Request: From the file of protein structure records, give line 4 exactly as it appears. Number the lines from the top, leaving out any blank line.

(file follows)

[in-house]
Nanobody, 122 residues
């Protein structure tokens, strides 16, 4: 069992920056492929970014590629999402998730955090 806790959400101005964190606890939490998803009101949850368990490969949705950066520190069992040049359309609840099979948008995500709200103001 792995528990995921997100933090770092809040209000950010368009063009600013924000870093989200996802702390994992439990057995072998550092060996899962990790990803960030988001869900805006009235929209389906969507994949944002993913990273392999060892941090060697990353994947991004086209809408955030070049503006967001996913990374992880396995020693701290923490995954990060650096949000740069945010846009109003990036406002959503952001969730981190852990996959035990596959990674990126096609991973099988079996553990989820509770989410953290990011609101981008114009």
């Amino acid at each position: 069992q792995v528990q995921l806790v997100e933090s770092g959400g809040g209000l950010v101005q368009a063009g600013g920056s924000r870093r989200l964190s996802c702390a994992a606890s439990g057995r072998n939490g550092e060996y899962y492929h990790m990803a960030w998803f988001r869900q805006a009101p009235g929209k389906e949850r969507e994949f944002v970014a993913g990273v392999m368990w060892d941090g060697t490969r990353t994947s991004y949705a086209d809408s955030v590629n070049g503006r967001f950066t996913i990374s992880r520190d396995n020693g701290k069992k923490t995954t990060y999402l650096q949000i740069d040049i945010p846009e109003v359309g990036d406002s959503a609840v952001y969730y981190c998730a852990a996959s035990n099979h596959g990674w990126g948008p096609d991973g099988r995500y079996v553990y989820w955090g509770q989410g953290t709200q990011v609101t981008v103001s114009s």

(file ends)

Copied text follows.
């Amino acid at each position: 069992q792995v528990q995921l806790v997100e933090s770092g959400g809040g209000l950010v101005q368009a063009g600013g920056s924000r870093r989200l964190s996802c702390a994992a606890s439990g057995r072998n939490g550092e060996y899962y492929h990790m990803a960030w998803f988001r869900q805006a009101p009235g929209k389906e949850r969507e994949f944002v970014a993913g990273v392999m368990w060892d941090g060697t490969r990353t994947s991004y949705a086209d809408s955030v590629n070049g503006r967001f950066t996913i990374s992880r520190d396995n020693g701290k069992k923490t995954t990060y999402l650096q949000i740069d040049i945010p846009e109003v359309g990036d406002s959503a609840v952001y969730y981190c998730a852990a996959s035990n099979h596959g990674w990126g948008p096609d991973g099988r995500y079996v553990y989820w955090g509770q989410g953290t709200q990011v609101t981008v103001s114009s």